Tuesday, October 19, 2010

Kessler Residence : By Robert M. Gurney, FAIA

Chevy Chase, Md.
Robert M. Gurney, FAIA

Post By:Kitticoon Poopong
via:archrecord--By Ingrid Spencer

Photo © Maxwell MacKenzie
Traditional, romantic, and nostalgic are terms that come to mind when describing the architecture of the town of Chevy Chase, Maryland, just a few miles outside of Washington, D.C. But one particular house on a typical street in this town belies its clapboard façade and pitched roof. Architect Robert Gurney, FAIA, principal of his Alexandria, Virginia-based namesake firm, has designed a home that seamlessly fits the neighborhood as well as his own Modern aesthetic and that of his clients’.

Photo © Maxwell MacKenzie
But that’s the least of the surprises you’ll find in this house. This 3,800-square-foot home employs universal design techniques from the basement to the third attic floor, all aspects of which are neither obvious nor institutional. “One of the Kesslers’ twin daughters has cerebral palsy and uses either a walker, crutches, or a cane to get around,” says Gurney. “The Kesslers wanted her to have complete access to all parts of the house, and that’s what we’ve done. But the way we’ve done it means that you may not notice unless it’s pointed out to you.” From wider doorways, to open living spaces, to an elevator, to smoothly continuous transitions between and within rooms, to low, pullout kitchen counters, Isabel Kessler can navigate the house on her own. She even has her own small refrigerator in the kitchen. “Our old house was just never going to work for us,” says Lewis Kessler. “This home works for Isabel and for all of us, as well as being like a cool, geometric puzzle.”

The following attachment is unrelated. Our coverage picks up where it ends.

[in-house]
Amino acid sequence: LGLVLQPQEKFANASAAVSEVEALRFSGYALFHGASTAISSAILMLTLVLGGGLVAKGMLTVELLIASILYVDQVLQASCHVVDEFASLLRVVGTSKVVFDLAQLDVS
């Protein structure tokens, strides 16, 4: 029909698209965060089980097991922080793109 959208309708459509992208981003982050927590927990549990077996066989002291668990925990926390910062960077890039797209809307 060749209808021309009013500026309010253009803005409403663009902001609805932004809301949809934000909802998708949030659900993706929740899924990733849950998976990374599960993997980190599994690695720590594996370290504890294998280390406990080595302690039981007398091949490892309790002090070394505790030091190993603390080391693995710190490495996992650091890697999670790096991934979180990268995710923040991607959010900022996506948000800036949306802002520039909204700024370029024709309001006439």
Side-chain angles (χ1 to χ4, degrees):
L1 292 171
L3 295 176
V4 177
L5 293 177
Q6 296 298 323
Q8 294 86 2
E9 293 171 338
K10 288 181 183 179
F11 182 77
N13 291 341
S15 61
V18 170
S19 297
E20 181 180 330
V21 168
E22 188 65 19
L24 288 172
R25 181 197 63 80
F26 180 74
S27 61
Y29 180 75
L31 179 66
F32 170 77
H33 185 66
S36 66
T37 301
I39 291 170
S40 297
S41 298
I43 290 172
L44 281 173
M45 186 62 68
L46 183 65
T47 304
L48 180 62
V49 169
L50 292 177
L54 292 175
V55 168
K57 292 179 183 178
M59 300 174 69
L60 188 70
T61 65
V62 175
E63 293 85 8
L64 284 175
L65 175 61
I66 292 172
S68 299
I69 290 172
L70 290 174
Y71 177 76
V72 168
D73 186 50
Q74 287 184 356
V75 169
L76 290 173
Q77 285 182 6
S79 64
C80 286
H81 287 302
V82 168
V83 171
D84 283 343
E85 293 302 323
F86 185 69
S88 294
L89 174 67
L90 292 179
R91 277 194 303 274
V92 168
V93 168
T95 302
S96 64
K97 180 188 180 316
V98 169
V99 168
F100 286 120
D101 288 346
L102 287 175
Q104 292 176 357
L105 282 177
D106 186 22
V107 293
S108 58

Photo © Maxwell MacKenzie